A similar power dynamic – where corporations respond to cultural and social attitudes – can be seen today. For instance, conservative pushes like anti-LGBTQ bathroom laws have struggled in part because businesses have not been able operate in such places without losing some cultural and social legitimacy. However, problems arise when this power dynamic changes directions and CEOs no longer feel that they must respond to social pressures and cultural trends, and instead attempt to direct and shape these cultural flows. The result is a more aggressive and imperial vision of the corporation and its CEO. Musk’s petulance, in other words, is not wholly a product of an inflated ego, but a sign that he has lost sight of the back and forth between business and culture.
Here, again, Enron’s history proves instructive. At the end of the nineties, Skilling admitted that nailing down Enron’s “vision statements” had become harder over the years. Perhaps, some at Enron joked, the company’s vision statement should declare Enron to be the world’s “coolest” company. In the end, Skilling and his people settled on “World’s Leading Company.” He may have been joking, but the progression of corporate vision statements has a certain logic – moving from cool to visionary to imperial are relatively short conceptual leaps. The end result of such thinking can be located in the arrogance of men like Elon Musk who have no patience for criticism, and who insist that their specific businesses are indispensible to securing a bright future. The attitude is surely addictive, and it usually takes a severe publicity crisis to shake it off. Much like Skilling before him, Tesla’s founder could well be in the middle of learning a very hard lesson.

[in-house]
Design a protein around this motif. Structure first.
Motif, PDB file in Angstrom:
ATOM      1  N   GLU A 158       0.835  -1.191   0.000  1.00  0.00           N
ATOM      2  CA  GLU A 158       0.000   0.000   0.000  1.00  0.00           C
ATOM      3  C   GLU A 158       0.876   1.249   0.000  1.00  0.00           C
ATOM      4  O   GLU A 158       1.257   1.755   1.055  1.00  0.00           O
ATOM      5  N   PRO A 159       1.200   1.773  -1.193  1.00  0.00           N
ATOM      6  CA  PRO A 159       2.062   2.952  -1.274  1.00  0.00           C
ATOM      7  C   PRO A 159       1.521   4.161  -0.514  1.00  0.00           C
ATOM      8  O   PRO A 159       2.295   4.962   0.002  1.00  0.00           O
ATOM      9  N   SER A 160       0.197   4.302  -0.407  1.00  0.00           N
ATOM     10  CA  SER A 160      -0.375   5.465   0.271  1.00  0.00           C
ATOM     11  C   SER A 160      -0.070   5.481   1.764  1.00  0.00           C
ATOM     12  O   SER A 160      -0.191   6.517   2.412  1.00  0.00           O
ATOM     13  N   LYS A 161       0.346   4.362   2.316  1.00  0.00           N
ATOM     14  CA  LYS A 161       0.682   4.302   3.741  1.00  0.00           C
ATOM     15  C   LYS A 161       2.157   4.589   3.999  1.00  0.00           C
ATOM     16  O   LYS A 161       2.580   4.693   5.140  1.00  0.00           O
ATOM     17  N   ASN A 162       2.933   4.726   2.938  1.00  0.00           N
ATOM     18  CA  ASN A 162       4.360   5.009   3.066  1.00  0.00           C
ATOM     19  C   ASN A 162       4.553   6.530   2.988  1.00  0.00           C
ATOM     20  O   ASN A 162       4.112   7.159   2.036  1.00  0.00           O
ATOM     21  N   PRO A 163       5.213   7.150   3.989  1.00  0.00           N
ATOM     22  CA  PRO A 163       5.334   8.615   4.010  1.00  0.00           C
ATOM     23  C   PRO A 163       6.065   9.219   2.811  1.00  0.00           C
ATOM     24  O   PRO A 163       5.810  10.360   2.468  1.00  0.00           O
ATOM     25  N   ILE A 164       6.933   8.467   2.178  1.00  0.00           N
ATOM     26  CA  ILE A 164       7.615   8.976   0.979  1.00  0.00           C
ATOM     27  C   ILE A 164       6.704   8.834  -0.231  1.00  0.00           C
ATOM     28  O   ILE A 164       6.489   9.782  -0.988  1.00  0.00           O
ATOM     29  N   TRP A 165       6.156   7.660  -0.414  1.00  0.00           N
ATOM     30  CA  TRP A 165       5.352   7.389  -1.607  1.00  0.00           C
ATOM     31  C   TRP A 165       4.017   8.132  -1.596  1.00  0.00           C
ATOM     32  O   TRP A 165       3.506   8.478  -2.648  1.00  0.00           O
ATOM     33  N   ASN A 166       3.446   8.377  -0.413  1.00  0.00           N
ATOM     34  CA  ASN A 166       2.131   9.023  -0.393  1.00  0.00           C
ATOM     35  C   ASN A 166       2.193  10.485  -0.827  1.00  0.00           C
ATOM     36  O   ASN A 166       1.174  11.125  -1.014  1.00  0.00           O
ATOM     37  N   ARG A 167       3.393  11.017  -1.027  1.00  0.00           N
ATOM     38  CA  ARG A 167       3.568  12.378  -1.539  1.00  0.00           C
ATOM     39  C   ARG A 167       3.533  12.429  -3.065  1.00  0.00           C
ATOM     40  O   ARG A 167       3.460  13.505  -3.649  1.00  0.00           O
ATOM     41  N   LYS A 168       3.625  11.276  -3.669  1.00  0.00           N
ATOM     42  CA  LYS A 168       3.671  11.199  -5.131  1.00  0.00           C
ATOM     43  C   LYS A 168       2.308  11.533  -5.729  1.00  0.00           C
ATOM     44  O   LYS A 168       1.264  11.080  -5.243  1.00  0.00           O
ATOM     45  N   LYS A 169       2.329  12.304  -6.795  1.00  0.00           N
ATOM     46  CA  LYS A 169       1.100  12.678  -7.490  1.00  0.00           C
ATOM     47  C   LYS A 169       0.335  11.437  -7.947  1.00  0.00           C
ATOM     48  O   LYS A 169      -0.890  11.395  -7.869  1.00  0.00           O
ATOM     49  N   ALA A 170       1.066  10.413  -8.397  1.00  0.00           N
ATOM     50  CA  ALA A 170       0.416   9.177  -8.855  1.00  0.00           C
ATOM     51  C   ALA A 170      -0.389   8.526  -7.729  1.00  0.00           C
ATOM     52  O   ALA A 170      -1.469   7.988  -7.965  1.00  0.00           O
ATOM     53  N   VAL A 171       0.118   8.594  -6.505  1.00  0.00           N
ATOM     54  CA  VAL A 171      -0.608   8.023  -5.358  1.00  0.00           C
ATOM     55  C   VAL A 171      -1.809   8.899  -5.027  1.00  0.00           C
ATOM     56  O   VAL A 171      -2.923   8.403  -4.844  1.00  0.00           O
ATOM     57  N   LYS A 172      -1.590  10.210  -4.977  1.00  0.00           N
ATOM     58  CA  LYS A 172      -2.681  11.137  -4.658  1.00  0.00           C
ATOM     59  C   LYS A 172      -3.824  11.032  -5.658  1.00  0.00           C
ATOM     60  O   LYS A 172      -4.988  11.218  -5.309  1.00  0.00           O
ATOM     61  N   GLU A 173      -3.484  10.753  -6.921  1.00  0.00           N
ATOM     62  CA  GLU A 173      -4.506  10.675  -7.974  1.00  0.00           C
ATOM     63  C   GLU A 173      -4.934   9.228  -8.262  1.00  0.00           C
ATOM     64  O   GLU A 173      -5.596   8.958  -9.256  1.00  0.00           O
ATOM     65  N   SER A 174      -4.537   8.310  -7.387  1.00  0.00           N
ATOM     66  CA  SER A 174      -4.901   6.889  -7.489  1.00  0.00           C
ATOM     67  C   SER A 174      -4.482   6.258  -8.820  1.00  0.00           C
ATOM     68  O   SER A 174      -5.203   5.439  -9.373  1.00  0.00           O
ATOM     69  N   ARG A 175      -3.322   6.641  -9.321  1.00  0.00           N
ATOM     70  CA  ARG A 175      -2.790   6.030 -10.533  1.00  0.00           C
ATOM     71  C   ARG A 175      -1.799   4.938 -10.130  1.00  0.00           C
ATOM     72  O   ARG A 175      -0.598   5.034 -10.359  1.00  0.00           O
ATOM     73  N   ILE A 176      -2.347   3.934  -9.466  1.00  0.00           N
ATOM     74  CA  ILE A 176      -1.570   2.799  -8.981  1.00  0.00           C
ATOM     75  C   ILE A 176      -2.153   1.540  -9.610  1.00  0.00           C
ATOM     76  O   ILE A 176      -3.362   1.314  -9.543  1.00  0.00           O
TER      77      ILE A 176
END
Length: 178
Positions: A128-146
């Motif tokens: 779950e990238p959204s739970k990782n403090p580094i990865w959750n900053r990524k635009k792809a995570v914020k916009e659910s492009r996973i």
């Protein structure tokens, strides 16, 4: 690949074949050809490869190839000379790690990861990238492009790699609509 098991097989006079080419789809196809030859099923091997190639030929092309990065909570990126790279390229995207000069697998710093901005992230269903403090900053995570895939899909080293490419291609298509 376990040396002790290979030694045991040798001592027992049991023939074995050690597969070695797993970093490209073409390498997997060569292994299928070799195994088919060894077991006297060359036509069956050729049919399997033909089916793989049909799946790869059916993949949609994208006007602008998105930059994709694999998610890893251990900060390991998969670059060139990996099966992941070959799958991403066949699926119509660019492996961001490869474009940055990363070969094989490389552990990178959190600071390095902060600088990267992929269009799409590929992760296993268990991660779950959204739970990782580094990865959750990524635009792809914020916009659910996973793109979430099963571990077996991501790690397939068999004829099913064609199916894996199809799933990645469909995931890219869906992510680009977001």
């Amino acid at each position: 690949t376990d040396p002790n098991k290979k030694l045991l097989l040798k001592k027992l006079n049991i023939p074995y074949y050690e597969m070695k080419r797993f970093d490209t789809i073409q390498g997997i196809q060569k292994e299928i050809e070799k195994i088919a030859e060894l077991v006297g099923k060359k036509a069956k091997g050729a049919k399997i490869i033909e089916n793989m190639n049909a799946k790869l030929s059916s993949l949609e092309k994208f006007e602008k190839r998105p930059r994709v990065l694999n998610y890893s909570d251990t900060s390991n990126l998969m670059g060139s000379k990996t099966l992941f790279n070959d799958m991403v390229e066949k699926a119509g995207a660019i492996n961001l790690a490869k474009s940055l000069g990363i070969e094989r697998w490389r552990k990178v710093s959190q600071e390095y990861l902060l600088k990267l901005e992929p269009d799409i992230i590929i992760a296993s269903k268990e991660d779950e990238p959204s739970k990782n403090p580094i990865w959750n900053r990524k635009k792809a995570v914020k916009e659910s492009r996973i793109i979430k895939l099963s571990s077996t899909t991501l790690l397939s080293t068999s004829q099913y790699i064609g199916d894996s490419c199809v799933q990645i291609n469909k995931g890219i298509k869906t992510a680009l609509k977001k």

I am not convinced that Tesla will go the way of Enron. That company was so thoroughly discredited, and Tesla’s cars are too impressive for the two corporations to meet the same fate. Still, even if Tesla survives its current problems in a way that Enron never could, it is hard to imagine that Musk’s reputation will make a full recovery. After all, in his wild reaction to negative news coverage, he did seem to endorse a website run by a sex cult. Amid such nonsense, though, we have a rare opportunity. The aggressiveness of Enron’s “ask why” campaign and of Musk’s tantrum eighteen years later reflect an antidemocratic and imperial spirit in business that has been with us for too long. In the wake of Musk’s public stumble, we can begin to push back against the idea of infallible “thought leaders” and against similar grandiose corporate claims to cultural power.
Gavin Benke is the author of Risk and Ruin: Enron and the Culture of American
Capitalism, published by the University of Pennsylvania Press.